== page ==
I ngā marama ka whai, ka toa a Te Kooti i roto i ngā pakanga, ā, i te marama o Nōema 1868 kei raro te nuinga o Tūranganui i tōna mana. Hui katoa, e 200 ana toa, ngā whakarau mai i Wharekauri me ētahi atu Māori i whakapiri ki a ia – te nuinga nō te iwi o Ngāi Tūhoe o Te Urewera, nō ngā hapū o Ngāti Kahungunu o te taha whakaroto o Wairoa hoki. Nā te kōhuru o ētahi mauhere Pākehā, Māori (he wāhine, tamariki ētahi) i Matawhero i te Nōema 1868, ka mauāhara ētahi rangatira Māori ki a ia. Waihoki, nā te wehi me te mataku, ka tahuri ētahi ki te tautoko i a ia. I tua atu, ka mārō te kāwanatanga ki te hopu, ki te whakamate rānei i a Te Kooti. E rima mano pāuna ka utaina ki runga i tōna māhunga.

I te riri i Ngātapa i te marama o Hānuere i te tau 1869, ka hinga ngā toa a Te Kooti i ngā hōia Pākehā me ngā kūpapa mai i Ngāti Porou, Te Arawa, Ngāti Kahungunu. Ka puta a Te Kooti me ētahi atu i tēnei mate nui. Heoi, ka hopukina, ka whakamatea ētahi o ana toa; e mea ana te kōrero neke atu i te 120 tō rātou tokomaha. I te marama o Āperira o taua tau anō, ka huakina e Te Kooti a Mōhaka (Te Matau-a-Māui); taro ake ka rere whakaroto ia ki Te Urewera.

Kātahi ka tau te mutunga mai o te kino ki runga ki te tangata, ki runga ki te whenua. Ka pāhuatia a Te Urewera e ngā hōia a te kāwanatanga, kia kore e taea te manaaki, te whakamarumaru i a Te Kooti me tana ope iti. He tohunga a Te Kooti ki te kokoti whakamoe. Tē mau i ngā hōia. Mō ngā tau e whā ka whai, i takahia a Kāingaroa, Te Urewera me ngā rohe tata e ngā ope taua; he muru, he tahu, he kōhuru ngā mahi.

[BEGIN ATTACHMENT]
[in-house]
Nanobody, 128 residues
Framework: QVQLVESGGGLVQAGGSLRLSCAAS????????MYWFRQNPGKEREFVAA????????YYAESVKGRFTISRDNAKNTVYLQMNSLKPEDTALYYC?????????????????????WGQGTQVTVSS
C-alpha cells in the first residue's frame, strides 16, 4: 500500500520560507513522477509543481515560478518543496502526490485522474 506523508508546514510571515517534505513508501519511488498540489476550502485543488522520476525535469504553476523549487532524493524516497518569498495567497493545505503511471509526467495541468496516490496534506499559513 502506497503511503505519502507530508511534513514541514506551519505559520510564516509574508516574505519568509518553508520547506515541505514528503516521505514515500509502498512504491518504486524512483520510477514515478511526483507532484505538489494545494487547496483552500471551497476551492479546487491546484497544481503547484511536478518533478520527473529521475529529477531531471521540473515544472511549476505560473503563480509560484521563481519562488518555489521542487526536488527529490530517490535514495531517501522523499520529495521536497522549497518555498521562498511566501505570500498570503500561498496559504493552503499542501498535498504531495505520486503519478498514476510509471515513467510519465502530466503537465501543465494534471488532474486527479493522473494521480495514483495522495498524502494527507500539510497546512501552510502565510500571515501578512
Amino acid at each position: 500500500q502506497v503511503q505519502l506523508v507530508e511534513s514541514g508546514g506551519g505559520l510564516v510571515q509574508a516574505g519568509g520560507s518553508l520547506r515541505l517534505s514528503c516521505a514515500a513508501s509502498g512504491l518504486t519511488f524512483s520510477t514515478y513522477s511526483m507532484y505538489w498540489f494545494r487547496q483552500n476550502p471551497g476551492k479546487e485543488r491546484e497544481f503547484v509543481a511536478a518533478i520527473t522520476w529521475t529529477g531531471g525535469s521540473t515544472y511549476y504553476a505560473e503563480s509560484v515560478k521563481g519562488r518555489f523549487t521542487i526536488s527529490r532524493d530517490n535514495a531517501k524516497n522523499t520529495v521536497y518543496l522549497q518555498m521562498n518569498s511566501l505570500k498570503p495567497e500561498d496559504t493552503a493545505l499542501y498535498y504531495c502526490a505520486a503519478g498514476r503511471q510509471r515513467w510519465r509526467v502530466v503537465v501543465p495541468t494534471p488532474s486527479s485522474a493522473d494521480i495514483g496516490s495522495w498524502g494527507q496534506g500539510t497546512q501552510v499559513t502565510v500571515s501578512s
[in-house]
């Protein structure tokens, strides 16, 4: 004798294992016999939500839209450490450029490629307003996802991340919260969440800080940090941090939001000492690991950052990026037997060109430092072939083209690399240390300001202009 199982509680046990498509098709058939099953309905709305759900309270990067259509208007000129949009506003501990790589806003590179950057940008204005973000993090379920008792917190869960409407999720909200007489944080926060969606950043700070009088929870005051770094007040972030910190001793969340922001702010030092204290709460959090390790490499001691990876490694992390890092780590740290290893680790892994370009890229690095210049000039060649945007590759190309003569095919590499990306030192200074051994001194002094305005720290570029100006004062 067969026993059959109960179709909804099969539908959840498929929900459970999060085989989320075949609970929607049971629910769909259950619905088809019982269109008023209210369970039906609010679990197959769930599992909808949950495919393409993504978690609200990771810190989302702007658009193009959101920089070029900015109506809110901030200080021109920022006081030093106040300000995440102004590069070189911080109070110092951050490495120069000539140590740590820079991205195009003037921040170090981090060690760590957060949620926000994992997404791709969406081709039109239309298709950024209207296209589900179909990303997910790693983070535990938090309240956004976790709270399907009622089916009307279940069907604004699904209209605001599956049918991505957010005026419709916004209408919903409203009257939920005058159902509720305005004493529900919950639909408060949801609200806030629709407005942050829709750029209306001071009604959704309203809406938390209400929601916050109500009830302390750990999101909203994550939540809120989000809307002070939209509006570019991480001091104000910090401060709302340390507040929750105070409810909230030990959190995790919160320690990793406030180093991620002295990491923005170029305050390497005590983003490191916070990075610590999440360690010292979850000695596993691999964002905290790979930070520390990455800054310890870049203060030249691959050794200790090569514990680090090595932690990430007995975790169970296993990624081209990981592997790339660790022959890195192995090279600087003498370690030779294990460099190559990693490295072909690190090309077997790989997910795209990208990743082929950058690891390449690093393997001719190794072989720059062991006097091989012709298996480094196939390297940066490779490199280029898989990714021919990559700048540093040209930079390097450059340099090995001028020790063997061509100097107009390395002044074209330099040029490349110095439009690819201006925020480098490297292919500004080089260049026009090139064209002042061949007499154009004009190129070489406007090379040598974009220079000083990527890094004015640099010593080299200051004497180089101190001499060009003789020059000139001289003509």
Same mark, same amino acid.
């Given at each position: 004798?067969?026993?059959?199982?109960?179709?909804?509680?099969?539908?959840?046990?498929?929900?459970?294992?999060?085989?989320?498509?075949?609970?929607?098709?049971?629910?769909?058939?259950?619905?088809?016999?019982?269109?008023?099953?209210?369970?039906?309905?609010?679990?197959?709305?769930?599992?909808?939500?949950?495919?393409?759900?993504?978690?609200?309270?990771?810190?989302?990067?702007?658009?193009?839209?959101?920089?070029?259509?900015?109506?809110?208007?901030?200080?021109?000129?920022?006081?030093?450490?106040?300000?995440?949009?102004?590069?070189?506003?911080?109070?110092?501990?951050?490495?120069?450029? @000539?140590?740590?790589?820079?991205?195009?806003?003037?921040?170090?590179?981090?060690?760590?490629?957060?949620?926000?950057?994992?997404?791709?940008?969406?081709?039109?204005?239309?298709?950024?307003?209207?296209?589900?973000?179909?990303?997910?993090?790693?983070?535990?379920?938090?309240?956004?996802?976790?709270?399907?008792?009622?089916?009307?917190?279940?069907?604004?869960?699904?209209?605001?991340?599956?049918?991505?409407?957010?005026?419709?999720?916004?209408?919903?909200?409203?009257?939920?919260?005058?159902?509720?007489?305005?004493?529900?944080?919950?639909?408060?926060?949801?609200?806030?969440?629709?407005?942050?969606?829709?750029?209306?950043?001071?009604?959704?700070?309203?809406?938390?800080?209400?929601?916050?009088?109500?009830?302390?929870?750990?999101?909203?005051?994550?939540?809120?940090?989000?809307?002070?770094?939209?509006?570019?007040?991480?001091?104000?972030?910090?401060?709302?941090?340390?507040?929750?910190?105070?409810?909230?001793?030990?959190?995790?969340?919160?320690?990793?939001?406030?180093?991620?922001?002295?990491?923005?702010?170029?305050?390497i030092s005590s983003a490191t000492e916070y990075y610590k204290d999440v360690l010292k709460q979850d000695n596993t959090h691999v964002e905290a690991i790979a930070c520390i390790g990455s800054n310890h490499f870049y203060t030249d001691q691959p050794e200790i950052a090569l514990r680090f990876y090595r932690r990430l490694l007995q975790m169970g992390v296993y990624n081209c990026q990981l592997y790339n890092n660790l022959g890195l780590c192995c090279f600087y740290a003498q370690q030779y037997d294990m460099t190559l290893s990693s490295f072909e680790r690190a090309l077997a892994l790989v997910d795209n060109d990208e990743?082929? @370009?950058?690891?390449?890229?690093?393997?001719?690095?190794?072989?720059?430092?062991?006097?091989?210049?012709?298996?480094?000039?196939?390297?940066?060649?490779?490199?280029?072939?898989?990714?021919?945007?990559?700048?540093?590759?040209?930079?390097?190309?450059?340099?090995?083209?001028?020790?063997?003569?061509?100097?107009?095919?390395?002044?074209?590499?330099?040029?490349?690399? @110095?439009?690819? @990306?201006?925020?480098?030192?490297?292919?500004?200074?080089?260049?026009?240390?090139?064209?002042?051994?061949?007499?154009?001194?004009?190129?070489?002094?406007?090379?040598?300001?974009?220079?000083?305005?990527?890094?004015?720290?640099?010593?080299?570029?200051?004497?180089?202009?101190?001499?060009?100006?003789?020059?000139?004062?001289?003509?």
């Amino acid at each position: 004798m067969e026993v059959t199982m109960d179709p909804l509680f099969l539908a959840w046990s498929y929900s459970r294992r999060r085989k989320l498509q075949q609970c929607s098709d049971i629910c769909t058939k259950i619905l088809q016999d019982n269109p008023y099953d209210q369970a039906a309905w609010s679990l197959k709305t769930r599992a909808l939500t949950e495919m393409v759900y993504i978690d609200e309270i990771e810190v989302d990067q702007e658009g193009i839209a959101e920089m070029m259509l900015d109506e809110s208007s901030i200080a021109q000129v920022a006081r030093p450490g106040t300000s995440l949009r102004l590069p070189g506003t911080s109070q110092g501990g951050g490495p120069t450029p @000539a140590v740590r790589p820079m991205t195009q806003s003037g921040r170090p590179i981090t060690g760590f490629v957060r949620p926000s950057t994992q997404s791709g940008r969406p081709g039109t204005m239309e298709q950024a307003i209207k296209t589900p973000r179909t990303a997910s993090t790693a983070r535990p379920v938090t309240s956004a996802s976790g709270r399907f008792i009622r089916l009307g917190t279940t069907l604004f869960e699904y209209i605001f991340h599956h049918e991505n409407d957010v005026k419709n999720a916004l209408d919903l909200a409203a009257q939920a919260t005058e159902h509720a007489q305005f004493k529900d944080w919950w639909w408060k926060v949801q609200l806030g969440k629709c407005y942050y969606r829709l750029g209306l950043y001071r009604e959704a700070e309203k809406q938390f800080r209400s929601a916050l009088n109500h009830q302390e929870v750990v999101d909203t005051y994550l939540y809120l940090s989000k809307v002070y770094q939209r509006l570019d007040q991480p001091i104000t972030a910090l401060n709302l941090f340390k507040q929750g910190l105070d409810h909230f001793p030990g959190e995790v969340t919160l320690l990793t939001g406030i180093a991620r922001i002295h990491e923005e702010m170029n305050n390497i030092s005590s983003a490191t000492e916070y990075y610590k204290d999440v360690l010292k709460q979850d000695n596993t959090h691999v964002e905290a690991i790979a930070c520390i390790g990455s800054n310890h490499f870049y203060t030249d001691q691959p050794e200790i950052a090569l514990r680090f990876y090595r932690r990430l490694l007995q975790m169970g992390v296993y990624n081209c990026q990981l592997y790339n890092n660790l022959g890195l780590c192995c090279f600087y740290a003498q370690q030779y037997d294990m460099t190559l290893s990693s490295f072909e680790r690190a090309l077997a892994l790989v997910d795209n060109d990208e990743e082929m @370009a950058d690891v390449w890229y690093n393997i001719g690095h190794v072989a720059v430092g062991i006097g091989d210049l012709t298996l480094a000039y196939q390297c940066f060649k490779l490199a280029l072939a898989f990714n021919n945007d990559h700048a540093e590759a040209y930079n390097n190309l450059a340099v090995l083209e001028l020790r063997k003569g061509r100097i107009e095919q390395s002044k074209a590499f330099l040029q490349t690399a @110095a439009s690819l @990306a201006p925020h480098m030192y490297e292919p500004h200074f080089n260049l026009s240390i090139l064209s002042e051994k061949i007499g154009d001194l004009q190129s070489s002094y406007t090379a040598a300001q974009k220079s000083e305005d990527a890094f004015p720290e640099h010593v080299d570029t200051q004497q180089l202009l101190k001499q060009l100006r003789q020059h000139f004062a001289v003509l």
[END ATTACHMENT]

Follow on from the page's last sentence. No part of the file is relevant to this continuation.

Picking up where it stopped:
Ko te whakamutunga o ngā riri kei roto i Te Urewera. Ka tuku tēnā me tēnā rangatira o Ngāi Tūhoe i a ia ki raro. I te kaha kore o te iwi, ka rere a Te Kooti ki te Rohe Pōtae, ki reira noho ai i raro i te mana o Kīngi Tāwhiao. I konei ka whakairia e ia tana patu me tana pū, kore rawa mō te whakaarahia. Ka noho a Te Kooti ki Te Kūiti i te Rohe Pōtae, kia unuhia ngā whakapae a te ture kei runga i a ia i te tau 1883. Ahakoa tērā, kāore i whakaaetia tana hoki ki tōna kāinga tūturu ki Tūranganui. I tēnei wā ka whakaritea e ia ngā tikanga o te Hāhi Ringatū. Ka tae ki te paunga o te tekau tau atu i 1870, kua horapa te hāhi, kua hau hoki te rongo mō Te Kooti hei matakite, hei tohunga whakaora tangata. Ka mate ia i te tau 1893.

How to cite this page: 'Te Kooti', URL: http://www.nzhistory.net.nz/people/te-kooti-arikirangi-te-turuki, (Ministry for Culture and Heritage), updated 4-Feb-2014